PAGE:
For the first time in eight years, Canada’s score at the Migrant Integration Policy Index (MIPEX) declined. The new data, which was released by the Ryerson University, showed the country’s score dropping by one point.
Although Canada only suffered a one-point decline, its lower index score still raised alarm as the country was before known as a leader in integrating newcomers. Furthermore, there was also the fear that the country’s score would continue to go down.
Some attributed the decline to the Canadian immigration’s recent changes in policies, especially regarding family reunification and access to nationality.
“Canada’s lower MIPEX score raises serious questions about the intentions and impact of the government’s new turn on immigration policies,” Migration Policy Group member Thomas Huddleston said.
According to The Star writers Harald Bauder and Ratna Omidvar, earning a Canadian citizenship and status has become harder now compared to the previous years.
They cited as an example Ottawa, which raised the citizenship application fee to over $500 for adults and made the citizenship test more difficult for its takers to pass. The city also increased the years for sponsorship commitment to dependants from 10 to 20 years and the income requirement for sponsoring parents by 30 percent.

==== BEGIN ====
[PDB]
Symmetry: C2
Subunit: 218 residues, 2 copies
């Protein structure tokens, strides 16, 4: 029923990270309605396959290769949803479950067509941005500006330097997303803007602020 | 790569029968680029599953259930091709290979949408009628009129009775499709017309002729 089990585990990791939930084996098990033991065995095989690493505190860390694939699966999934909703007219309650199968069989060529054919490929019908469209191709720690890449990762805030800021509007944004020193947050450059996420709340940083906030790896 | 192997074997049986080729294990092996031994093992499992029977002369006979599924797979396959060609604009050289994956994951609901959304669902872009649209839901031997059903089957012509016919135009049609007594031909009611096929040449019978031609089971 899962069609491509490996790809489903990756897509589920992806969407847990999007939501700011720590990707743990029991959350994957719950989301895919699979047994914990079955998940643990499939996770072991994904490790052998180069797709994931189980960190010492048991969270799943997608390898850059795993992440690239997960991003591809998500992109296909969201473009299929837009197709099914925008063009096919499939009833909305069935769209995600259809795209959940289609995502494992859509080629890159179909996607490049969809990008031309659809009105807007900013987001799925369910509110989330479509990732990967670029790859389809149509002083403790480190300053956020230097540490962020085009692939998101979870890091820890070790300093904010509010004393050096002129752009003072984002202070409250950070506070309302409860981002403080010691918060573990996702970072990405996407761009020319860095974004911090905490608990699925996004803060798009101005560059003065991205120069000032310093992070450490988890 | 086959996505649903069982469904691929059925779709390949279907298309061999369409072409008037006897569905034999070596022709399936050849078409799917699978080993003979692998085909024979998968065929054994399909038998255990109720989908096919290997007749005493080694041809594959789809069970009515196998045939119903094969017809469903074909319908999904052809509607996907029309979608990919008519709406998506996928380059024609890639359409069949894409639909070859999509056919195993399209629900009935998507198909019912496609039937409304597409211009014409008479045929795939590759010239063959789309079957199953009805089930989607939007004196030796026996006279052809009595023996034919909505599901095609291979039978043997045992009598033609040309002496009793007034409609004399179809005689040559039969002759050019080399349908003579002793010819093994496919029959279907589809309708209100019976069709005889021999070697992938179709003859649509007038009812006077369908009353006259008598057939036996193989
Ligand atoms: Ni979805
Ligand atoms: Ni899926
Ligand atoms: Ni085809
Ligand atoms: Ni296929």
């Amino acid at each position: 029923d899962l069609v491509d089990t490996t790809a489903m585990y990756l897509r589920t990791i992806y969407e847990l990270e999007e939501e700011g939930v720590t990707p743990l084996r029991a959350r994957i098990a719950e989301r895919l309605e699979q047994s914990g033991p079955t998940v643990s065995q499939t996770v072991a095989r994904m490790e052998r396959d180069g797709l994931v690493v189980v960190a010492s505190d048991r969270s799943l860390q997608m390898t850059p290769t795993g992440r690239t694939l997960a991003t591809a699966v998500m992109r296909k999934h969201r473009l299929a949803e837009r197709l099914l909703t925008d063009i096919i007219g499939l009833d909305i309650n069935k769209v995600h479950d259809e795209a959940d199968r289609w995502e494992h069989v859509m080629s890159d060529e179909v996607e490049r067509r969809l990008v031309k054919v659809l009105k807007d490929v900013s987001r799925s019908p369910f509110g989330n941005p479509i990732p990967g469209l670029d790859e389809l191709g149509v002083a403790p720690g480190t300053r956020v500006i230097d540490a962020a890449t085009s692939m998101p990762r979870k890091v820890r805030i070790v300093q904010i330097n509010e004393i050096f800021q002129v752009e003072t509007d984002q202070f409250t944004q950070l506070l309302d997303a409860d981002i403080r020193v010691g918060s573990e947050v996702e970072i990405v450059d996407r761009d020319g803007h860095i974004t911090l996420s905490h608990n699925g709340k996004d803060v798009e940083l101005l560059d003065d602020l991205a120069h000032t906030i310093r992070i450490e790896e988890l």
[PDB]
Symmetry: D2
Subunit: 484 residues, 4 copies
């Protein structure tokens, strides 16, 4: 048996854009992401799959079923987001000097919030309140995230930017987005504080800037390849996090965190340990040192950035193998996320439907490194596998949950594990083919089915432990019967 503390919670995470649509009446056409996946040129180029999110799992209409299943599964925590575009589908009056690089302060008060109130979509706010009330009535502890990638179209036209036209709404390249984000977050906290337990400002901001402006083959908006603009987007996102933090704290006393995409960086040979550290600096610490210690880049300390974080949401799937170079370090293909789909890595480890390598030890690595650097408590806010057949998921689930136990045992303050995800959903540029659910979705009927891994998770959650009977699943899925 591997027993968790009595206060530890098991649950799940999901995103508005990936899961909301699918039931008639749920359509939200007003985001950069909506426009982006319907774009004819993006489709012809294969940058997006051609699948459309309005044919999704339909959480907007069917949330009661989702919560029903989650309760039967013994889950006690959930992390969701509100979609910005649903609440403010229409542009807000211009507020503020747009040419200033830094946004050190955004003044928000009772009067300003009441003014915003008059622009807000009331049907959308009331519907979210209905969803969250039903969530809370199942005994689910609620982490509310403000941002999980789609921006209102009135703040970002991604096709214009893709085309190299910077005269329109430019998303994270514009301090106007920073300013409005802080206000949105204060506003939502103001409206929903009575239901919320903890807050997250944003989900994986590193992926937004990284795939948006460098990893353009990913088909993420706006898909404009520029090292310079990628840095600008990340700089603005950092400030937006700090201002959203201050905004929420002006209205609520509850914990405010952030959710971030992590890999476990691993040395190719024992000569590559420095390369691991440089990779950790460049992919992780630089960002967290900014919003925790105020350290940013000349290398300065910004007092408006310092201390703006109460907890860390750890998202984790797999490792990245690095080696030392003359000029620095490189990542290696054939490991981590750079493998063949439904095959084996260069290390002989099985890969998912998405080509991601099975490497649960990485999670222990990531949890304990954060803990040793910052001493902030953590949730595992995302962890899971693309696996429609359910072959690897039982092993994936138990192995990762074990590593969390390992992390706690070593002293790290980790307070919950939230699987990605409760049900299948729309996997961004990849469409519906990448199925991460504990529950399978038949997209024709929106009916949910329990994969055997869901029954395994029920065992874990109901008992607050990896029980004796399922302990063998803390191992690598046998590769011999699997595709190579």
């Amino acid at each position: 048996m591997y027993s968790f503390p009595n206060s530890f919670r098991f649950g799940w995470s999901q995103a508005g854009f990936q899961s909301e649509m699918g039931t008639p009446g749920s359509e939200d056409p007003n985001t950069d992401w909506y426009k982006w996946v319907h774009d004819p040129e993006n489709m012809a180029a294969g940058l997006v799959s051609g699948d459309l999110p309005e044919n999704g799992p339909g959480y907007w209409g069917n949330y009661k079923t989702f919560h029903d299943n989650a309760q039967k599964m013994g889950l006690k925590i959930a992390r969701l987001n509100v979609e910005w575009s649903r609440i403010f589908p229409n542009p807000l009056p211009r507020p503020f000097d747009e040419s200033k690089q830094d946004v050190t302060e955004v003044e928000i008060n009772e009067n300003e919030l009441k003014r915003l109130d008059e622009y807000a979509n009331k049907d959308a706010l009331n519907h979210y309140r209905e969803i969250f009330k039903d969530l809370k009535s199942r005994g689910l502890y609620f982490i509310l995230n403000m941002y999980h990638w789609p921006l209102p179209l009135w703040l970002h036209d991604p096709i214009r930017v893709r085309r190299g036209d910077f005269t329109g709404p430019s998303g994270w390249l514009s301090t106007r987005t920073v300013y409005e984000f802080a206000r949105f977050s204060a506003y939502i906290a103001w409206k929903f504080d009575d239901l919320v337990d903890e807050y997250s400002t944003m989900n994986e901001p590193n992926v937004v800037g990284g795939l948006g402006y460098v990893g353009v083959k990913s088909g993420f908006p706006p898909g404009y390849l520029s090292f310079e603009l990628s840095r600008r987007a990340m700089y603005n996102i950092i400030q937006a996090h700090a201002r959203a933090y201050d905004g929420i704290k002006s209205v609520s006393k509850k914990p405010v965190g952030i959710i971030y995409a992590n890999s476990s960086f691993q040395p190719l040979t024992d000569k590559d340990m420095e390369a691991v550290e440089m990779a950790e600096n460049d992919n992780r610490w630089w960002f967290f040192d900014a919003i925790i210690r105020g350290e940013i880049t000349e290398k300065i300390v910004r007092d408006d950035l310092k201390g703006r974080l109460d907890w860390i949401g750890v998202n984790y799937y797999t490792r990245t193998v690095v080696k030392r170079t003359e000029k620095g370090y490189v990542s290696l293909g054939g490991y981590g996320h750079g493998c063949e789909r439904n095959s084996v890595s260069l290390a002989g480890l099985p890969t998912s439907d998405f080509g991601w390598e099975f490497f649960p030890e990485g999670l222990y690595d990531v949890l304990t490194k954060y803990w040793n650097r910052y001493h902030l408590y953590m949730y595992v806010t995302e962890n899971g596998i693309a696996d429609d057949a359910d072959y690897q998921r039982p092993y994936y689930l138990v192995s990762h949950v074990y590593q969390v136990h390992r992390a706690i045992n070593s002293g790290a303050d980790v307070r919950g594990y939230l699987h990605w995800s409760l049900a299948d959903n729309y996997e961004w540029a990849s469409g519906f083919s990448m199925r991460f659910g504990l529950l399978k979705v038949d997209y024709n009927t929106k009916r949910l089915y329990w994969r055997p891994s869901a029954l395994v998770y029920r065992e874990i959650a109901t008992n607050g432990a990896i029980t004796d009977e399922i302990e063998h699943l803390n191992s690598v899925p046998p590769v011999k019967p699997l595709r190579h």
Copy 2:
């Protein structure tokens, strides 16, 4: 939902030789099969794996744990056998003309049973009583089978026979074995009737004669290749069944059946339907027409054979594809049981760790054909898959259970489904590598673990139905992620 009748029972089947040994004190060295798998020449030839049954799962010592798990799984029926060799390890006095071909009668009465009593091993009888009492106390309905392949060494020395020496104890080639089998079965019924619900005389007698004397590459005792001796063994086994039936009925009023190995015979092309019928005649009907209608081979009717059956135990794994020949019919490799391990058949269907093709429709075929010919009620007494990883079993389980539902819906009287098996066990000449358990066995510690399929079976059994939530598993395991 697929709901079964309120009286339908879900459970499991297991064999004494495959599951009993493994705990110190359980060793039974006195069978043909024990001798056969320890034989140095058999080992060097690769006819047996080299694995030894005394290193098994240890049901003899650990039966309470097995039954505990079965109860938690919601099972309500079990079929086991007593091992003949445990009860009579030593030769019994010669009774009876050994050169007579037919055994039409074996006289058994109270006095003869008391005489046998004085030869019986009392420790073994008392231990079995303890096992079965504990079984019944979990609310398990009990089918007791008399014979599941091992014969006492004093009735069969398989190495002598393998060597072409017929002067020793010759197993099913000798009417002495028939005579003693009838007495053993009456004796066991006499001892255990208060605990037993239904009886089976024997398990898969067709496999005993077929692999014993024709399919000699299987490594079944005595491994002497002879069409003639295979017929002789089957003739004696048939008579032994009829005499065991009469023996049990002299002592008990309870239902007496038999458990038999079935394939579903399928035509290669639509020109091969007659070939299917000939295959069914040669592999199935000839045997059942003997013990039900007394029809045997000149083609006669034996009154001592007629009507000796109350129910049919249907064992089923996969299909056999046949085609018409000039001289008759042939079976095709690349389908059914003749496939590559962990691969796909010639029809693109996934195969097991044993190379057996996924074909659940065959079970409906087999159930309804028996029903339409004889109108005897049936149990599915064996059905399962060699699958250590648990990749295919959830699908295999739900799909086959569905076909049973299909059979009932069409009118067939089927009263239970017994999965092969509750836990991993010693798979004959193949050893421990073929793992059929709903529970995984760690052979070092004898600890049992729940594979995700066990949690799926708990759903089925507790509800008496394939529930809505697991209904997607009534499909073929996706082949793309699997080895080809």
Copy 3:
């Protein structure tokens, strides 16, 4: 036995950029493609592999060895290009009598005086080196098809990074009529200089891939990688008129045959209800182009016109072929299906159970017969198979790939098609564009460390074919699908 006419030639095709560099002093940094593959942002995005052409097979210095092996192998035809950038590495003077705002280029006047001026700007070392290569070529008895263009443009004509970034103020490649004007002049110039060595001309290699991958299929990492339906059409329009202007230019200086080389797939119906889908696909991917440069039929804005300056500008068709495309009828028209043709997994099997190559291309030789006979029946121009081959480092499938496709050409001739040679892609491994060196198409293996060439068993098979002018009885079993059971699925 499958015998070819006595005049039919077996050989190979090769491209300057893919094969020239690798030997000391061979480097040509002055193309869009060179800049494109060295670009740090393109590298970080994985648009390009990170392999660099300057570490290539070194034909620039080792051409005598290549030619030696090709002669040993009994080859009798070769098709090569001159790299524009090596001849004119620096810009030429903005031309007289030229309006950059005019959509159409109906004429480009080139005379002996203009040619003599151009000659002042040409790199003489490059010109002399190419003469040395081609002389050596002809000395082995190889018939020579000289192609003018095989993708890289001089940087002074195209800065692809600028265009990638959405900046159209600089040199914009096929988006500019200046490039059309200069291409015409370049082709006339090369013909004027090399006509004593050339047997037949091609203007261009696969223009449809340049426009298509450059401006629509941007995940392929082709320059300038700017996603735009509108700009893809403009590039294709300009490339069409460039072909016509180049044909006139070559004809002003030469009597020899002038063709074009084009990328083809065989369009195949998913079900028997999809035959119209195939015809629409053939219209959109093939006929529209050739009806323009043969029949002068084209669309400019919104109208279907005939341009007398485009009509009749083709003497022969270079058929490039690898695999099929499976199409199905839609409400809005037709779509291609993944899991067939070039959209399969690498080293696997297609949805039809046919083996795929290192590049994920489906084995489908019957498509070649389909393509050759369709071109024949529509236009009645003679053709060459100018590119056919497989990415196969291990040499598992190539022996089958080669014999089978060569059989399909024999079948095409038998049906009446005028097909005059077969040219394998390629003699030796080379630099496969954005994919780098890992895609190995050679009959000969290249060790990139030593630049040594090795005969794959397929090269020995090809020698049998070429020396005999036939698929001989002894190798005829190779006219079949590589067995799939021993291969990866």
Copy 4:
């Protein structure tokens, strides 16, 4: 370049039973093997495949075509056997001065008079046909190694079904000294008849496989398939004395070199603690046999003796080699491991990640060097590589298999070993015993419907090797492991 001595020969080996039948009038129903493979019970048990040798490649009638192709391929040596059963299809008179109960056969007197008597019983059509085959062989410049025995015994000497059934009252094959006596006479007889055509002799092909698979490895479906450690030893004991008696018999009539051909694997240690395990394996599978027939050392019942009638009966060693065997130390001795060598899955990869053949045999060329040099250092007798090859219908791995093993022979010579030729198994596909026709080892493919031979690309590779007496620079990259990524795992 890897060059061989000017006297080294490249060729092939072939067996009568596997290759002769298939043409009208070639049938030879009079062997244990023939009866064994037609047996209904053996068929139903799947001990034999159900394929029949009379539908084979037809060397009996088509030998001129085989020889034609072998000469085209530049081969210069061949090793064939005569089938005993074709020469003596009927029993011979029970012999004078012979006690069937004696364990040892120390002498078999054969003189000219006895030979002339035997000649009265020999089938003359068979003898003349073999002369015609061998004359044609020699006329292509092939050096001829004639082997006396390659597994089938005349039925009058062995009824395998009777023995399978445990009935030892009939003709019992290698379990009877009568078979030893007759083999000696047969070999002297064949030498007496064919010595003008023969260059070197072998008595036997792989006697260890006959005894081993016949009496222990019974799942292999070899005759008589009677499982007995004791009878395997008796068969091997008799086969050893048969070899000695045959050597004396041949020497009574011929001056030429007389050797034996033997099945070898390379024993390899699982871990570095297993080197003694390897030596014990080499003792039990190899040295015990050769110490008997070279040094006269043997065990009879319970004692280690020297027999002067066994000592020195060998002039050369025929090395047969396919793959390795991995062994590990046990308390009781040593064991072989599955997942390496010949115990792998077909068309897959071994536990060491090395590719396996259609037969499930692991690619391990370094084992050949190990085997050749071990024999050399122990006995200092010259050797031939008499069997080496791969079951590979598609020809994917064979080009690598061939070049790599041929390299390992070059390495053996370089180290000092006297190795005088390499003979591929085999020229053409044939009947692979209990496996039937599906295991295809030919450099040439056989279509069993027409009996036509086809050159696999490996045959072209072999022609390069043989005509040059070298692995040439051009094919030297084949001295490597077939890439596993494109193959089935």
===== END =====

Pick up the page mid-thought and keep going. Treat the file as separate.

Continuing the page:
With these and with the other changes in immigration policies, fewer immigrants have been becoming Canadian citizens at present. In 2000, about 79 percent of immigrants in the country became local citizens. In 2008, only about 26 of them became permanent residents, despite paying taxes and contributing to the state’s economy.
The MIPEX report asserted that the new restrictions ‘expected immigrant families to live up to standards that many national families could not.’
Meanwhile, No One is Illegal-Vancouver Coast Salish Territories, an anti-colonial migrant group, sought to expose Canada’s allegedly more restrictive and discriminatory immigration policies.
According to the migrant group, citizenship ‘became harder to get and easier to lose in the previous years. Despite a more vibrant migrant working program, permanent residency for refugees, skilled workers and family members were restricted… If migrants were allowed in, it came with a temporary, conditional or precarious status.’
They also pointed out that Canada has been ‘accepting more migrants under temporary permits lately than those who immigrate permanently… Migrant workers have been brought in as cheap laborers, while family-class immigrants and refugees were kept out.’
No One is Illegal-Vancouver Coast Salish Territories has been set to launch its multimedia report today on the changes made in federal immigration, according to their statistical findings and interviews with refugees, migrant workers and local citizens.